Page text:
Epigenetics - A New Example - Possible Multi-generational Impacts from Nicotine
Epigenetics continues to change and shape thinking on disease processes and causation. It's an important topic for product liability lawyers - and corporate lawyers and insurers - for today and tomorrow.
A new example even shows up in the current issue of The Economist. The article highlights new research suggesting that nicotine cause epigenetic changes with multi-generational impacts. The impact? Asthma in the children and grand-children of mothers who take in nicotine. The ScienceDaily summary is here, and the paper itself is here.
The study is in rats, and it's early yet, but the findings certainly are intriguing in an age when our children are experiencing apparent increases in some forms of asthma. The published article states the conclusion as follows:
Reading the news certainly was enough to make me wonder about a possible link between my mother's former smoking (and my former smoking), and the occasional asthma attacks suffered during soccer games by one of my otherwise athletic and apparently healthy daughters.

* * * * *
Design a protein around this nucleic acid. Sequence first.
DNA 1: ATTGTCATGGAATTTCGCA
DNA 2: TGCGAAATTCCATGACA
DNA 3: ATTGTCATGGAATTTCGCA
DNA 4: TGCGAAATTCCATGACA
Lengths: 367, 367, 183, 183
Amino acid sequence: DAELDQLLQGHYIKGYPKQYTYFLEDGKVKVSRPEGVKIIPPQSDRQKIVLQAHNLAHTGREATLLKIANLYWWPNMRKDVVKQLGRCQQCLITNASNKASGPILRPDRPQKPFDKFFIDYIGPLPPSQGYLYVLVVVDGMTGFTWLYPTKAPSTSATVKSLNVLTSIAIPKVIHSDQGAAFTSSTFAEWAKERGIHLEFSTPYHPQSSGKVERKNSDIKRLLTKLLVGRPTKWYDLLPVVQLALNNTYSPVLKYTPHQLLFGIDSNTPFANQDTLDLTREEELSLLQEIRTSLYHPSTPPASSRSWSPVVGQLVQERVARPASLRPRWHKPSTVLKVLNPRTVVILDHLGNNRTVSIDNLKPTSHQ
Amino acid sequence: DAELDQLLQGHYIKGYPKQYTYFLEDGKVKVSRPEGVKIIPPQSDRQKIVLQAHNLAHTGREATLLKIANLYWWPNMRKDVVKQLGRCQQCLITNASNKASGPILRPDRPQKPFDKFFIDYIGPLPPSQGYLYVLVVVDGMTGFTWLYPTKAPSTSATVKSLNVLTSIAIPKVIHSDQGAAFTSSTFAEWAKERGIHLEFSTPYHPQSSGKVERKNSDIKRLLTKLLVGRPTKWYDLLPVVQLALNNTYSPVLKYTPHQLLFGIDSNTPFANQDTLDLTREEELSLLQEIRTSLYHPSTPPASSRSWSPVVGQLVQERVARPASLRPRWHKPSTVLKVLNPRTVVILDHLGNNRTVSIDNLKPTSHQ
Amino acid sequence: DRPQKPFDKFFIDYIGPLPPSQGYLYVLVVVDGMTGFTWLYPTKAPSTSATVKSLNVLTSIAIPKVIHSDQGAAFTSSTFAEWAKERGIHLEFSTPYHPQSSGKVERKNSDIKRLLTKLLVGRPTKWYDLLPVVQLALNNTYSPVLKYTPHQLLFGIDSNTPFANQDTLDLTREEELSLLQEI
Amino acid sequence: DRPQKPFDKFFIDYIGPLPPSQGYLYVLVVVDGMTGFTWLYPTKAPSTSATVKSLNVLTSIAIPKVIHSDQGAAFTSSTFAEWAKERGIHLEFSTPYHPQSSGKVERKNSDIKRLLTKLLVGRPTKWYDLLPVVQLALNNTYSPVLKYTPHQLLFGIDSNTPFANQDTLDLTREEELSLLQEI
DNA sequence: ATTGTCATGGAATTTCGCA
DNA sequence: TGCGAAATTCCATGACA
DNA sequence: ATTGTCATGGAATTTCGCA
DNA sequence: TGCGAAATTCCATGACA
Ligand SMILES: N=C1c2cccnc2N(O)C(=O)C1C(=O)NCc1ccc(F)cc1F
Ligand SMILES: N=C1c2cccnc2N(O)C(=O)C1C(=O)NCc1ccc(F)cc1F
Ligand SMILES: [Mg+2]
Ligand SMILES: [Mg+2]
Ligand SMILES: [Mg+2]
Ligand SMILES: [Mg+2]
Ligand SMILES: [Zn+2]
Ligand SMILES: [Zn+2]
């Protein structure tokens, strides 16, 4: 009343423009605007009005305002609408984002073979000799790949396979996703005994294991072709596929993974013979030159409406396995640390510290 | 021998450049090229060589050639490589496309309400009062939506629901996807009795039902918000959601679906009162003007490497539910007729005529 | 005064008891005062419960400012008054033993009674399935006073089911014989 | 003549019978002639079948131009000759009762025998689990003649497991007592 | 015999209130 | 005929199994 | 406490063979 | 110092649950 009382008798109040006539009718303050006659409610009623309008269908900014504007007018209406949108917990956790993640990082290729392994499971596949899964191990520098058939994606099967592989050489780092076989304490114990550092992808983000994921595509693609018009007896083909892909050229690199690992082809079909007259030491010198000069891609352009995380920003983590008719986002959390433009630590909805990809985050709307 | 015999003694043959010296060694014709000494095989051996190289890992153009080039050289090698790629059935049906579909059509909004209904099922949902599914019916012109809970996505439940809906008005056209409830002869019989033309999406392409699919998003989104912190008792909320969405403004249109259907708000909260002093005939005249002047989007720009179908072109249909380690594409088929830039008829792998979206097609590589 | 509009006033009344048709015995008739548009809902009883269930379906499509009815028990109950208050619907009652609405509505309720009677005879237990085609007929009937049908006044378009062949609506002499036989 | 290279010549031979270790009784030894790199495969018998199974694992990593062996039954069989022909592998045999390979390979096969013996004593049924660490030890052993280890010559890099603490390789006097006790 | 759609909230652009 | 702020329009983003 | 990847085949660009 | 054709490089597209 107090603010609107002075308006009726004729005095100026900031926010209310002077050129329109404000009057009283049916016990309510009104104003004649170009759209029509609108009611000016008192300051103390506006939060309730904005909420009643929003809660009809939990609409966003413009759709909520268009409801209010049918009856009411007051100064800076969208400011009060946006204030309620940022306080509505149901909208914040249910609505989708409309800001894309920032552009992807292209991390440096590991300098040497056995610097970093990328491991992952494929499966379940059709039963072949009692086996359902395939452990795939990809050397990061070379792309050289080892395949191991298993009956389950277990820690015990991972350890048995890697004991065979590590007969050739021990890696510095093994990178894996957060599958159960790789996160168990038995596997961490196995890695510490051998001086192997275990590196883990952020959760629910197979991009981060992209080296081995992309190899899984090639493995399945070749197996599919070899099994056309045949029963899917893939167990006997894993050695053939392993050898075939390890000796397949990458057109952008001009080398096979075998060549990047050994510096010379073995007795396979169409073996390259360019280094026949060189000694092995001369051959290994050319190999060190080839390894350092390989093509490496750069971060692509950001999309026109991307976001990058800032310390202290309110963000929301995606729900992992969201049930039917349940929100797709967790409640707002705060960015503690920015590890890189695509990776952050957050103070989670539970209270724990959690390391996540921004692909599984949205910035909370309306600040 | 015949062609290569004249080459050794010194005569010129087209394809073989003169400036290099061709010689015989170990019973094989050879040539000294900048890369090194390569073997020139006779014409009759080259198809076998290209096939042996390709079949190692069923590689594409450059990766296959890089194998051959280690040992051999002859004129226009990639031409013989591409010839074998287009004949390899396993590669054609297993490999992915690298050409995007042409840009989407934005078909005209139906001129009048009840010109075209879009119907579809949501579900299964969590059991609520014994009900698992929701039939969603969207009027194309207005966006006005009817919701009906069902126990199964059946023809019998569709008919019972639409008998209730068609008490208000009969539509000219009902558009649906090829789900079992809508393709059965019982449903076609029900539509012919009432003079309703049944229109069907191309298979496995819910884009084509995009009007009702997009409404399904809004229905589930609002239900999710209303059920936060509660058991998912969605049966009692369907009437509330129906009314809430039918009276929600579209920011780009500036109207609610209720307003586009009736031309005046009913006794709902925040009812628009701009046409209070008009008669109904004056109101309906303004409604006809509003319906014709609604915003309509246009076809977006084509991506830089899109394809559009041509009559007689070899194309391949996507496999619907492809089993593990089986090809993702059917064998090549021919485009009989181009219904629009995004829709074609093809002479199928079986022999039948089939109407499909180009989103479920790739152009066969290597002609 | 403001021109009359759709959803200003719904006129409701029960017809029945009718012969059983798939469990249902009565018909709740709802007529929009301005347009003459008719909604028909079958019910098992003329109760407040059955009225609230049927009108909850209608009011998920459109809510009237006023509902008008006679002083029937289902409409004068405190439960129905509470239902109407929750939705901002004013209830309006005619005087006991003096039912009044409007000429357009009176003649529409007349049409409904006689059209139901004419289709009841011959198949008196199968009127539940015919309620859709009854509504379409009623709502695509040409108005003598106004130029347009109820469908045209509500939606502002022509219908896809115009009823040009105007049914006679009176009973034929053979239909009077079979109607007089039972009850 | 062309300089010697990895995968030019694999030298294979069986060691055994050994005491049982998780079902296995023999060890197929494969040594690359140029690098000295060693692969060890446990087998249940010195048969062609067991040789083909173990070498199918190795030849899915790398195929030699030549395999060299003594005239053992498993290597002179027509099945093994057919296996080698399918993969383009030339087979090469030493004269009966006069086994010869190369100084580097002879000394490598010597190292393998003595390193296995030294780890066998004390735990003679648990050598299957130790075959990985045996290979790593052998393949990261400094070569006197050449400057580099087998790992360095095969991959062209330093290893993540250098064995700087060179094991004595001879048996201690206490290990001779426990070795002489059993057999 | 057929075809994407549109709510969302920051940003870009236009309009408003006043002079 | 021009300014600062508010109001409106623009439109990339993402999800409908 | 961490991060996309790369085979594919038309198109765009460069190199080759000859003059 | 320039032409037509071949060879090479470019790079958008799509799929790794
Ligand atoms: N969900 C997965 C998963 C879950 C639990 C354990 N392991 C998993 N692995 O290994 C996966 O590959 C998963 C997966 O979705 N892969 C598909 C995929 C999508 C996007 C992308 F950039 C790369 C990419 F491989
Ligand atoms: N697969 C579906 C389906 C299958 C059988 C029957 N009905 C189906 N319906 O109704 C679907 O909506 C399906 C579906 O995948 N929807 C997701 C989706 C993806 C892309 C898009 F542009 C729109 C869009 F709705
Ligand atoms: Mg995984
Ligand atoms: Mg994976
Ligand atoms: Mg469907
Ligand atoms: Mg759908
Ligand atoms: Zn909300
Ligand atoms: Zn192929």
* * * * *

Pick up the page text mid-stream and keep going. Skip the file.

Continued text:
Imagine children and grand-children as plaintiffs against big tobacco. The distributors of disease in a stick will not be able to trot out the usual defenses. Perhaps I've missed something, but I'm not aware of a single big tobacco warning about possible harms to children or grandchildren.
Also, consider the risk and possibilities for other industries. And when thinking about warnings and foreseeability, consider the following underlined sentence from an excerpt from the Economist article:
"ONE of biology’s hottest topics is epigenetics. The term itself covers a multitude of sins. Strictly speaking, it refers to the regulation of gene expression by the chemical modification of DNA, or of the histone proteins in which DNA is usually wrapped. This modification is either the addition of methyl groups (a carbon atom and three hydrogens) to the DNA or of acetyl groups (two carbons, three hydrogens and an oxygen) to the histones. Methylation switches genes off. Acetylation switches them on. Since, in a multicellular organism, different cells need different genes to be active, such regulation is vital.